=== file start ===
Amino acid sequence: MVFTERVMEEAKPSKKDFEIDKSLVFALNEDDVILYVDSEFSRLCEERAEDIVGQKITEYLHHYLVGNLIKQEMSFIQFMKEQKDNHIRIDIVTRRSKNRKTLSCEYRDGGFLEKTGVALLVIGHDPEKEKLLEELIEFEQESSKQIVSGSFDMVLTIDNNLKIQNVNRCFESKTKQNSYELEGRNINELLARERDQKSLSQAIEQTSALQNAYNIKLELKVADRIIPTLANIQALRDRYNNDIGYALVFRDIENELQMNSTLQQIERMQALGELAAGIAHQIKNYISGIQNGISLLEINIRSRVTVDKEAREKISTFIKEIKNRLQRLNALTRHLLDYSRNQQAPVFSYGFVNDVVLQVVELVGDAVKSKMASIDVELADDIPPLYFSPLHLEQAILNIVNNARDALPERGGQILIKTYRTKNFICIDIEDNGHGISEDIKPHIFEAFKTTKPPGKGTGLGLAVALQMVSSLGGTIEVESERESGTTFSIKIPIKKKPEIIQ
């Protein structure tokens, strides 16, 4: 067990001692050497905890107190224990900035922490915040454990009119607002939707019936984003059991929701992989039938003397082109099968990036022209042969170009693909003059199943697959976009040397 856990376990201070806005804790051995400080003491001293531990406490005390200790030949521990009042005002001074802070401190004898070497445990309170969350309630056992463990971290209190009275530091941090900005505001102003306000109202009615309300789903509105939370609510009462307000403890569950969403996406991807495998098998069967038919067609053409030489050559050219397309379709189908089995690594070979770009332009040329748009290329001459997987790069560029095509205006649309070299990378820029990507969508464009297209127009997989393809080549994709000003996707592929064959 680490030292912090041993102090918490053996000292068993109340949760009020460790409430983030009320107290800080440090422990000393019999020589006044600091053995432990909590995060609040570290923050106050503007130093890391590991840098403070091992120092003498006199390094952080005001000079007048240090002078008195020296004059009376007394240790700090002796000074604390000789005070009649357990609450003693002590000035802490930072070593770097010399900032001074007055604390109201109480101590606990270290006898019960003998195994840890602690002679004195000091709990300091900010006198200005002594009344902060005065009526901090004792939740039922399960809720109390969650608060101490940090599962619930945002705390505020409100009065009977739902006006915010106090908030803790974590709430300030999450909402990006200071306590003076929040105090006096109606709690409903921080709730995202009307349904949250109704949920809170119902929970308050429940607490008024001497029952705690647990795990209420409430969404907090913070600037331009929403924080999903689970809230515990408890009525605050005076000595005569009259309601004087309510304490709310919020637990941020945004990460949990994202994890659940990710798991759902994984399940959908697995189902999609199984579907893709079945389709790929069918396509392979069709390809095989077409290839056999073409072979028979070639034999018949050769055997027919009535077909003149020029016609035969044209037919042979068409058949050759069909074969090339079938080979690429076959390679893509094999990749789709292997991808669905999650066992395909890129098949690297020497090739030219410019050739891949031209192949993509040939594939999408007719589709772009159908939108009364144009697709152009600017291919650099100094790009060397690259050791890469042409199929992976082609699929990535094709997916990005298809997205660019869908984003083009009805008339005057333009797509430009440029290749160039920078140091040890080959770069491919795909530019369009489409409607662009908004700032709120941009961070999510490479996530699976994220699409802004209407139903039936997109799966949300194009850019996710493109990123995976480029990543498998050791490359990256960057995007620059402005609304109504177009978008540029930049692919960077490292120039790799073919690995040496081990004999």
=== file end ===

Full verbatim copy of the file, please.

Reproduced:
Amino acid sequence: MVFTERVMEEAKPSKKDFEIDKSLVFALNEDDVILYVDSEFSRLCEERAEDIVGQKITEYLHHYLVGNLIKQEMSFIQFMKEQKDNHIRIDIVTRRSKNRKTLSCEYRDGGFLEKTGVALLVIGHDPEKEKLLEELIEFEQESSKQIVSGSFDMVLTIDNNLKIQNVNRCFESKTKQNSYELEGRNINELLARERDQKSLSQAIEQTSALQNAYNIKLELKVADRIIPTLANIQALRDRYNNDIGYALVFRDIENELQMNSTLQQIERMQALGELAAGIAHQIKNYISGIQNGISLLEINIRSRVTVDKEAREKISTFIKEIKNRLQRLNALTRHLLDYSRNQQAPVFSYGFVNDVVLQVVELVGDAVKSKMASIDVELADDIPPLYFSPLHLEQAILNIVNNARDALPERGGQILIKTYRTKNFICIDIEDNGHGISEDIKPHIFEAFKTTKPPGKGTGLGLAVALQMVSSLGGTIEVESERESGTTFSIKIPIKKKPEIIQ
């Protein structure tokens, strides 16, 4: 067990001692050497905890107190224990900035922490915040454990009119607002939707019936984003059991929701992989039938003397082109099968990036022209042969170009693909003059199943697959976009040397 856990376990201070806005804790051995400080003491001293531990406490005390200790030949521990009042005002001074802070401190004898070497445990309170969350309630056992463990971290209190009275530091941090900005505001102003306000109202009615309300789903509105939370609510009462307000403890569950969403996406991807495998098998069967038919067609053409030489050559050219397309379709189908089995690594070979770009332009040329748009290329001459997987790069560029095509205006649309070299990378820029990507969508464009297209127009997989393809080549994709000003996707592929064959 680490030292912090041993102090918490053996000292068993109340949760009020460790409430983030009320107290800080440090422990000393019999020589006044600091053995432990909590995060609040570290923050106050503007130093890391590991840098403070091992120092003498006199390094952080005001000079007048240090002078008195020296004059009376007394240790700090002796000074604390000789005070009649357990609450003693002590000035802490930072070593770097010399900032001074007055604390109201109480101590606990270290006898019960003998195994840890602690002679004195000091709990300091900010006198200005002594009344902060005065009526901090004792939740039922399960809720109390969650608060101490940090599962619930945002705390505020409100009065009977739902006006915010106090908030803790974590709430300030999450909402990006200071306590003076929040105090006096109606709690409903921080709730995202009307349904949250109704949920809170119902929970308050429940607490008024001497029952705690647990795990209420409430969404907090913070600037331009929403924080999903689970809230515990408890009525605050005076000595005569009259309601004087309510304490709310919020637990941020945004990460949990994202994890659940990710798991759902994984399940959908697995189902999609199984579907893709079945389709790929069918396509392979069709390809095989077409290839056999073409072979028979070639034999018949050769055997027919009535077909003149020029016609035969044209037919042979068409058949050759069909074969090339079938080979690429076959390679893509094999990749789709292997991808669905999650066992395909890129098949690297020497090739030219410019050739891949031209192949993509040939594939999408007719589709772009159908939108009364144009697709152009600017291919650099100094790009060397690259050791890469042409199929992976082609699929990535094709997916990005298809997205660019869908984003083009009805008339005057333009797509430009440029290749160039920078140091040890080959770069491919795909530019369009489409409607662009908004700032709120941009961070999510490479996530699976994220699409802004209407139903039936997109799966949300194009850019996710493109990123995976480029990543498998050791490359990256960057995007620059402005609304109504177009978008540029930049692919960077490292120039790799073919690995040496081990004999």